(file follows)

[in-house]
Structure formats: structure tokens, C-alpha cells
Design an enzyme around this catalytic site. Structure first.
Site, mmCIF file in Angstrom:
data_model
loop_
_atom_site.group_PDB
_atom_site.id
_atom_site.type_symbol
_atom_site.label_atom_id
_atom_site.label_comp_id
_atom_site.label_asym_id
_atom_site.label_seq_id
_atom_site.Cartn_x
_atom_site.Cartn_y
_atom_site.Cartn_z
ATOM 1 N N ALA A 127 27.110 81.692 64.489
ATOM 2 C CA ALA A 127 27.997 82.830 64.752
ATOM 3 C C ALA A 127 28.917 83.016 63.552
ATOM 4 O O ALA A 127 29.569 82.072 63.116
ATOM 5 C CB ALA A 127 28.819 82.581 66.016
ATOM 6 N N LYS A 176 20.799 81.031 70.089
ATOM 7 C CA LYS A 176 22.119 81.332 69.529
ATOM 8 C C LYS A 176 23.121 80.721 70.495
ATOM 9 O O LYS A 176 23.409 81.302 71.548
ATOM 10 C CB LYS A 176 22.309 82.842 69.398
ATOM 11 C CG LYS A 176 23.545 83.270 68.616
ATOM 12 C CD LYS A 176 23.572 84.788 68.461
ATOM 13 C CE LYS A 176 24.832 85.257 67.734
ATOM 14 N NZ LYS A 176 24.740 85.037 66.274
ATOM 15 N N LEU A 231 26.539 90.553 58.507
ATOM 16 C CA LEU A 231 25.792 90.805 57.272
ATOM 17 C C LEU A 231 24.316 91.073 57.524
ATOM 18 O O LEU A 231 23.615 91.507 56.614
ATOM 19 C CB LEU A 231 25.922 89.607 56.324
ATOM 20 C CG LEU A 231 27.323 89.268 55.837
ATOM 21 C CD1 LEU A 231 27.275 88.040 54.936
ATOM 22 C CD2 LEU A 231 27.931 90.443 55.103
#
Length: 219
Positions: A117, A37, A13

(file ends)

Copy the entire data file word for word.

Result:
[in-house]
Structure formats: structure tokens, C-alpha cells
Design an enzyme around this catalytic site. Structure first.
Site, mmCIF file in Angstrom:
data_model
loop_
_atom_site.group_PDB
_atom_site.id
_atom_site.type_symbol
_atom_site.label_atom_id
_atom_site.label_comp_id
_atom_site.label_asym_id
_atom_site.label_seq_id
_atom_site.Cartn_x
_atom_site.Cartn_y
_atom_site.Cartn_z
ATOM 1 N N ALA A 127 27.110 81.692 64.489
ATOM 2 C CA ALA A 127 27.997 82.830 64.752
ATOM 3 C C ALA A 127 28.917 83.016 63.552
ATOM 4 O O ALA A 127 29.569 82.072 63.116
ATOM 5 C CB ALA A 127 28.819 82.581 66.016
ATOM 6 N N LYS A 176 20.799 81.031 70.089
ATOM 7 C CA LYS A 176 22.119 81.332 69.529
ATOM 8 C C LYS A 176 23.121 80.721 70.495
ATOM 9 O O LYS A 176 23.409 81.302 71.548
ATOM 10 C CB LYS A 176 22.309 82.842 69.398
ATOM 11 C CG LYS A 176 23.545 83.270 68.616
ATOM 12 C CD LYS A 176 23.572 84.788 68.461
ATOM 13 C CE LYS A 176 24.832 85.257 67.734
ATOM 14 N NZ LYS A 176 24.740 85.037 66.274
ATOM 15 N N LEU A 231 26.539 90.553 58.507
ATOM 16 C CA LEU A 231 25.792 90.805 57.272
ATOM 17 C C LEU A 231 24.316 91.073 57.524
ATOM 18 O O LEU A 231 23.615 91.507 56.614
ATOM 19 C CB LEU A 231 25.922 89.607 56.324
ATOM 20 C CG LEU A 231 27.323 89.268 55.837
ATOM 21 C CD1 LEU A 231 27.275 88.040 54.936
ATOM 22 C CD2 LEU A 231 27.931 90.443 55.103
#
Length: 219
Positions: A117, A37, A13